|March 4, 1835 – March 3, 1837||Anti-Jacksonian|
|March 4, 1837 – March 3, 1841||Whig|
|Robert L. Caruthers||March 4, 1841 – March 3, 1843||Whig||Lebanon||Did not seek re-election|
|David W. Dickinson||March 4, 1843 – March 3, 1845||Whig||Murfreesboro||Did not seek re-election|
|Meredith P. Gentry||March 4, 1845 – March 3, 1853||Whig||Franklin||Did not seek re-election|
|Robert M. Bugg||March 4, 1853 – March 3, 1855||Whig||Giles County||Did not seek re-election|
|John V. Wright||March 4, 1855 – March 3, 1861||Democratic||Purdy||Secession of Tennessee|
|American Civil War|
|Isaac R. Hawkins||July 24, 1866 – March 3, 1867||Unionist||Huntingdon||Did not seek re-election|
|March 4, 1867 – March 3, 1871||Republican|
|Robert P. Caldwell||March 4, 1871 – March 3, 1873||Democratic||Trenton||Defeated for renomination|
|John Atkins||March 4, 1873 – March 3, 1875||Democratic||Paris||Redistricted to 8th district|
|Washington C. Whitthorne||March 4, 1875 – March 3, 1883||Democratic||Columbia||Redistricted from 6th district, Did not seek re-election|
|John G. Ballentine||March 4, 1883 – March 3, 1887||Democratic||Pulaski||Did not seek re-election|
|Washington C. Whitthorne||March 4, 1887– March 3, 1891||Democratic||Columbia||Did not seek re-election|
|Nicholas N. Cox||March 4, 1891 – March 3, 1901||Democratic||Franklin||Did not seek re-election|
|Lemuel P. Padgett||March 4, 1901 – August 2, 1922||Democratic||Columbia||Died|
|Vacant||August 2, 1922 – November 6, 1922|
|Clarence W. Turner||November 7, 1922 – March 3, 1923||Democratic||Waverly||Served remainder of term as caretaker|
|William C. Salmon||March 4, 1923 – March 3, 1925||Democratic||Columbia||Did not seek re-election|
|Edward E. Eslick||March 4, 1925 – June 14, 1932||Democratic||Pulaski||Died|
|Vacant||June 14, 1932 – August 12, 1932|
|Willa Eslick||August 13, 1932 – March 3, 1933||Democratic||Pulaski||Served remainder of term as caretaker|
|Gordon Browning||March 4, 1933 – January 3, 1935||Democratic||Huntingdon||Redistricted from 8th district, Ran for U.S. Senate|
|Herron C. Pearson||January 3, 1935 – January 3, 1943||Democratic||Jackson||Did not seek re-election|
|W. Wirt Courtney||January 3, 1943 – January 3, 1949||Democratic||Franklin||Redistricted from 6th district, Defeated for renomination|
|James P. Sutton||January 3, 1949 – January 3, 1953||Democratic||Wartrace||Redistricted to 6th district|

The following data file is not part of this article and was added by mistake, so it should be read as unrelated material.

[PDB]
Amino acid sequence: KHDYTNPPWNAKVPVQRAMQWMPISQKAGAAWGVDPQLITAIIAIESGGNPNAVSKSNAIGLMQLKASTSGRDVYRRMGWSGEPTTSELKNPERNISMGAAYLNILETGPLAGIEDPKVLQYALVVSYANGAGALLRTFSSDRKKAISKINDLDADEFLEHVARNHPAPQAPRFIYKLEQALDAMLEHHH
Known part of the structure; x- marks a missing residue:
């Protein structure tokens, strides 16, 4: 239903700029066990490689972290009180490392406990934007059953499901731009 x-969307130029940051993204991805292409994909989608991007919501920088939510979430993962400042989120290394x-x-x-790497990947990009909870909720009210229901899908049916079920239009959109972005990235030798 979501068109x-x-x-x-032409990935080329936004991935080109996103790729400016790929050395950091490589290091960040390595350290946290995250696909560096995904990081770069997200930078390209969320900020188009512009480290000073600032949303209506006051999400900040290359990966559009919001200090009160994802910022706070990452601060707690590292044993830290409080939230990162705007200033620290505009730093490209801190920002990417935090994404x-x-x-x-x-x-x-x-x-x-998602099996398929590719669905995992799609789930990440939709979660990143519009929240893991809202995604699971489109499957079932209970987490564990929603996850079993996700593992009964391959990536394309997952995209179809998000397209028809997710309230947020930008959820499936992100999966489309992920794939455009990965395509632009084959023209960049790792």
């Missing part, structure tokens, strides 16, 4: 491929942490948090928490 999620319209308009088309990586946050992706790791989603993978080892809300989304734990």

|Tom J. Murray||January 3, 1953 – December 30, 1966||Democratic||Jackson||Redistricted from 8th district, Defeated for renomination and resigned|
|Vacant||December 31, 1966 – January 2, 1967|
|Ray Blanton||January 3, 1967– January 3, 1973||Democratic||Adamsville||Ran for U.S. Senate|
|Ed Jones||January 3, 1973 – January 3, 1983||Democratic||Yorkville||Redistricted from 8th district, Redistricted to 8th district|
|Don Sundquist||January 3, 1983 – January 3, 1995||Republican||Memphis||Redistricted from the 6th District, elected Governor|
|Ed Bryant||January 3, 1995 – January 3, 2003||Republican||Henderson||Ran for U.S. Senate|
|Marsha Blackburn||January 3, 2003 – January 3, 2019||Republican||Brentwood||Retiring after being elected to the U.S. Senate|
|Mark E. Green||Elect.||Republican||Ashland City||Term starting January 3, 2019.|
Historical district boundaries
- "Partisan Voting Index – Districts of the 115th Congress" (PDF). The Cook Political Report. April 7, 2017. Retrieved April 7, 2017.
- 106th Congress Congressional Districts Archived 2006-09-06 at the Wayback Machine. in Tennessee Electronic Atlas
- Martis, Kenneth C. (1989). The Historical Atlas of Political Parties in the United States Congress. New York: Macmillan Publishing Company.
- Martis, Kenneth C. (1982). The Historical Atlas of United States Congressional Districts. New York: Macmillan Publishing Company.
- Congressional Biographical Directory of the United States 1774–present